Vapor cigarettes or “e-cigarettes” — cartridges of liquid nicotine combined with a battery and heating element — are considered among teens as a safer alternative to cigarettes. The facts are foggier.
BY MELISSA F. PHETERSON
The Oxford English Dictionary declared “vape”— the act of breathing vapor from an electronic cigarette — Word of the Year in 2014. That’s a good gauge of its popularity. So is a recent Centers for Disease Control and Prevention study revealing that among middle and high school students, vaping has surpassed cigarette smoking in popularity: 13.4 percent of high schoolers reportedly used e-cigarettes in 2014, followed by hookahs (9.4) and cigarettes (9.2). In comparison, only 3.7 percent of adults had engaged in vaping on a regular basis in 2014. Brands are marketed in stores and online, endorsed by the the online support group known as the “Quit Smoking Community” and touted for taste, vapor production and superior battery life.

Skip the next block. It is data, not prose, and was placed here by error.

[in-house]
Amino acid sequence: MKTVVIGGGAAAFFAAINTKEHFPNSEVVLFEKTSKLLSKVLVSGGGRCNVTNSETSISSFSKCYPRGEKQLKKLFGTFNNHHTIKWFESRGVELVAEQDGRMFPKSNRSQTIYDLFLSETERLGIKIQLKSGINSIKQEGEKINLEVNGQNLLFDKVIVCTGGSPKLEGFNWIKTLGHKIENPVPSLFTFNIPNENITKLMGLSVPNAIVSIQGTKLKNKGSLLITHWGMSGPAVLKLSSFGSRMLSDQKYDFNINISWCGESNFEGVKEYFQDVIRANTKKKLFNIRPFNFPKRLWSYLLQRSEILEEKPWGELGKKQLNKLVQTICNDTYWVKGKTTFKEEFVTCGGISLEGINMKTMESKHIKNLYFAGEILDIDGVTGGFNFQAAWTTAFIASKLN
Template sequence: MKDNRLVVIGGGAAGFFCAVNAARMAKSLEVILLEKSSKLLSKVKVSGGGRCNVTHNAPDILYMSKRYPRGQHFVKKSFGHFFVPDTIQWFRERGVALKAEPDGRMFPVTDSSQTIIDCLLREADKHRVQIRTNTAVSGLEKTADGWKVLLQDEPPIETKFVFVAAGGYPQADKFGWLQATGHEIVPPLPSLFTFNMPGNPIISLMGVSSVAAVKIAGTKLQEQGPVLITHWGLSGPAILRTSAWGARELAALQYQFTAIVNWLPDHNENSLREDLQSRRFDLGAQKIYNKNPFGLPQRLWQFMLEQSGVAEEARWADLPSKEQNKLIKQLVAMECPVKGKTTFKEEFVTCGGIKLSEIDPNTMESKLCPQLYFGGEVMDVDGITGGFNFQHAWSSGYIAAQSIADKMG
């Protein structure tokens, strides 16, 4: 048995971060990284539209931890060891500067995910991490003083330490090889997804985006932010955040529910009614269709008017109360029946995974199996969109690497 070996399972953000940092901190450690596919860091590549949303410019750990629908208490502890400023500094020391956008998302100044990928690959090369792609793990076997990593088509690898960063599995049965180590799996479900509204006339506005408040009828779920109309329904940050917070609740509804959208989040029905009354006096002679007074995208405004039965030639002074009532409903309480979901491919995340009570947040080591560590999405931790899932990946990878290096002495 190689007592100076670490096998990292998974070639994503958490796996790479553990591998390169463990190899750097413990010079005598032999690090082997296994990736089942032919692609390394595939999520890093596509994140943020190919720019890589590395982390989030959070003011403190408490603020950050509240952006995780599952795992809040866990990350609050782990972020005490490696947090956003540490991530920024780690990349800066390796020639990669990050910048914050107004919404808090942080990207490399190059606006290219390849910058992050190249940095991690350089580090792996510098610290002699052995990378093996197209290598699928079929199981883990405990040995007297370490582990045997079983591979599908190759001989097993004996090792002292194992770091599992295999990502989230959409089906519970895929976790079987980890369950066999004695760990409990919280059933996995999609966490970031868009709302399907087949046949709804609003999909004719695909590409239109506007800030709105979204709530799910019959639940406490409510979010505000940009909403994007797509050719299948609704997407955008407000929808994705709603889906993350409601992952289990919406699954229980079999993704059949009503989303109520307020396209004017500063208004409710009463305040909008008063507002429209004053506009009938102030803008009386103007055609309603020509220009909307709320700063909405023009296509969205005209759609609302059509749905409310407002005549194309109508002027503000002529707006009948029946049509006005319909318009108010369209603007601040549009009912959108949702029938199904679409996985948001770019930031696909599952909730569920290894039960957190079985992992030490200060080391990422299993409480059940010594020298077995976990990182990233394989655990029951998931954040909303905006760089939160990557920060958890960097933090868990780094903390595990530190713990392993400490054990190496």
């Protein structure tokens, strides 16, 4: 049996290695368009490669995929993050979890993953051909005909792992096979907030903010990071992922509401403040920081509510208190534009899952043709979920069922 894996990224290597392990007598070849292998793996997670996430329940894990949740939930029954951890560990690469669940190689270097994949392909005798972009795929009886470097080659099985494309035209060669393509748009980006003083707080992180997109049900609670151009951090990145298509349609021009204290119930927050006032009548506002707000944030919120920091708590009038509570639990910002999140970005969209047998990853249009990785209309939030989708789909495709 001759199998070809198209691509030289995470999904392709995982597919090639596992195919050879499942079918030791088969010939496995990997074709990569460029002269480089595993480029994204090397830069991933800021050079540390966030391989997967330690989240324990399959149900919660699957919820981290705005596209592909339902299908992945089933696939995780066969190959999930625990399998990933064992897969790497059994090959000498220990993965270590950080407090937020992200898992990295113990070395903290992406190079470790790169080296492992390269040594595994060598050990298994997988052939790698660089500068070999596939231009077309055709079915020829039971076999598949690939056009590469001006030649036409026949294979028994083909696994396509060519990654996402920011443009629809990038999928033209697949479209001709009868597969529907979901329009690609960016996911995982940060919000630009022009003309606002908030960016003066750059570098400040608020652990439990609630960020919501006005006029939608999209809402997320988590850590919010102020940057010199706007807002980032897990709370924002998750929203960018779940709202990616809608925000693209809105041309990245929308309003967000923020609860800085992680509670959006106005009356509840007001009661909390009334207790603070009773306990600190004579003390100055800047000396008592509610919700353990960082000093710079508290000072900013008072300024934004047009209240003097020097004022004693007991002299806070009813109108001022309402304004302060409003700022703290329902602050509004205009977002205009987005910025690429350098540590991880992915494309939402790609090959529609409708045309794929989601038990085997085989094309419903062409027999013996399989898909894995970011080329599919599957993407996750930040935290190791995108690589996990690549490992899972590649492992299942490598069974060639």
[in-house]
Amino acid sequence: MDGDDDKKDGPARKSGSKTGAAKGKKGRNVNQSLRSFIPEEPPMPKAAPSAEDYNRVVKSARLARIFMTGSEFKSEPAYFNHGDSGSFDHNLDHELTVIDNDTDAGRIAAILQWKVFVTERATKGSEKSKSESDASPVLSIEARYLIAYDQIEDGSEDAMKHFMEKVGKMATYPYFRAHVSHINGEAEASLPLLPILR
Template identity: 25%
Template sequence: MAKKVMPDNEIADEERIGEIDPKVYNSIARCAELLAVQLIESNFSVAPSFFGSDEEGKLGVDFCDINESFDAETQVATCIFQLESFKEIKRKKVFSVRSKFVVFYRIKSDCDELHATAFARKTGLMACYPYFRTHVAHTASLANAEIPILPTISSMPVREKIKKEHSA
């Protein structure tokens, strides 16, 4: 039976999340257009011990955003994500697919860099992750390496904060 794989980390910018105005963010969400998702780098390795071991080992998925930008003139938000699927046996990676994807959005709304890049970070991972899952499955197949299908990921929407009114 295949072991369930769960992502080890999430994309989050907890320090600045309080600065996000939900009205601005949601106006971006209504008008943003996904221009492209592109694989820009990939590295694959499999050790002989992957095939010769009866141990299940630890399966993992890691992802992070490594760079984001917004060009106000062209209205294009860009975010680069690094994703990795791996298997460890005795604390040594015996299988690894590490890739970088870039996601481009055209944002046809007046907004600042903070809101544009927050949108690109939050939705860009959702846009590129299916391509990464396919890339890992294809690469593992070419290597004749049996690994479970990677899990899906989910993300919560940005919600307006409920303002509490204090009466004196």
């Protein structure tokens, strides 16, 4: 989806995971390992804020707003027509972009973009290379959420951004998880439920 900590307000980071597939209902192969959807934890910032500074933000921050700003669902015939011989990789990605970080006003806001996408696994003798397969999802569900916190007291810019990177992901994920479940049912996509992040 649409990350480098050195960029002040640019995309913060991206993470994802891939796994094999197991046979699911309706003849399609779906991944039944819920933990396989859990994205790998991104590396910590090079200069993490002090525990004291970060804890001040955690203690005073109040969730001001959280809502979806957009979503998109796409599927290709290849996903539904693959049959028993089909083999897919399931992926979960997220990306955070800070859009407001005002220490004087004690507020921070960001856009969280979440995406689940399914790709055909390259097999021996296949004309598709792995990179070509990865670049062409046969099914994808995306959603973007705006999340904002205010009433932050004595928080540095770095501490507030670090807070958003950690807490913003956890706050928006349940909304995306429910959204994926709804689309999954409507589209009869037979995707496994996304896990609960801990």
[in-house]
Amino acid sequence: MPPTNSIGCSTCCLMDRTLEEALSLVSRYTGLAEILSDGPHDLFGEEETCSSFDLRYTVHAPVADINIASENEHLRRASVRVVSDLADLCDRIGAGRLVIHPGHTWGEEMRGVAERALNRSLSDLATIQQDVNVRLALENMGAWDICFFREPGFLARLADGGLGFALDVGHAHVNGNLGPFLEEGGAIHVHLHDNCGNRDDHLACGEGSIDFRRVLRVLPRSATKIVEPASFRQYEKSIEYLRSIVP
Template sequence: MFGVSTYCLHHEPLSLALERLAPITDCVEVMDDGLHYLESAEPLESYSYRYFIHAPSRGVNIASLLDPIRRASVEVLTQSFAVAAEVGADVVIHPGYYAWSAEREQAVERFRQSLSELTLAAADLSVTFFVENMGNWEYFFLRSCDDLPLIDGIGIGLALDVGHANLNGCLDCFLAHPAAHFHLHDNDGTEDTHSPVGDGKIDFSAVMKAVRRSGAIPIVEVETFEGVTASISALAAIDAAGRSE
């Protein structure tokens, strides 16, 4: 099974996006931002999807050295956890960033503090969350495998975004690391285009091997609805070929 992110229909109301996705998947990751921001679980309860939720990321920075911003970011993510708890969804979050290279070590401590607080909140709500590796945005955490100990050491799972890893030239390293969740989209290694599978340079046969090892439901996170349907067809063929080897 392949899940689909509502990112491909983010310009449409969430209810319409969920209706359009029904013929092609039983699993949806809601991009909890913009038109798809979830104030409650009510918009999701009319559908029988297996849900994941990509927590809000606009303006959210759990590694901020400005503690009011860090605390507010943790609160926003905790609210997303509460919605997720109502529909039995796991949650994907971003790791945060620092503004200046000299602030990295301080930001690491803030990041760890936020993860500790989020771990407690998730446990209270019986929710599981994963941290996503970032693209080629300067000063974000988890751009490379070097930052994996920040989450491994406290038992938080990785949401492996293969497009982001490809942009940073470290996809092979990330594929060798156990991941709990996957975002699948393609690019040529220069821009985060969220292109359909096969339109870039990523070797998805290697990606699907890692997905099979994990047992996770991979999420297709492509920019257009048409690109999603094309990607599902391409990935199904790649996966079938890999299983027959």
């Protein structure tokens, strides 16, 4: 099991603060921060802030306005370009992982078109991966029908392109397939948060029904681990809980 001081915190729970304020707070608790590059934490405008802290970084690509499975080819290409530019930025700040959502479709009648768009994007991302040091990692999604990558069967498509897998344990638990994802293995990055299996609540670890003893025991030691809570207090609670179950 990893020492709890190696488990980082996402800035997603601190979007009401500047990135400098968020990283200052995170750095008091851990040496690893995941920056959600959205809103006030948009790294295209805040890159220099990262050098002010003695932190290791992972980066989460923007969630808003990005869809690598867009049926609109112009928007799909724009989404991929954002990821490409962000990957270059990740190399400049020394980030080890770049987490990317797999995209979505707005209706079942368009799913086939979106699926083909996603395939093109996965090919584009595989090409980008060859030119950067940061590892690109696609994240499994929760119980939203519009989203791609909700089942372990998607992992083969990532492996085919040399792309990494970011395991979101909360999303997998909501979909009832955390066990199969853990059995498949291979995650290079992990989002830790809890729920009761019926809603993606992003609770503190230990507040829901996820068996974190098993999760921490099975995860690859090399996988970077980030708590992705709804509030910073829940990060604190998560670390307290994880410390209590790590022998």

But are they harmless enough to merit the hype? We asked two experts: Allen Dozor, MD, Chief of Pediatric Pulmonology, Allergy and Sleep Medicine, and Gilberto Velez, MD, Chief of Adolescent Medicine, both at Maria Fareri Children’s Hospital, a member of the Westchester Medical Center Health Network. Read More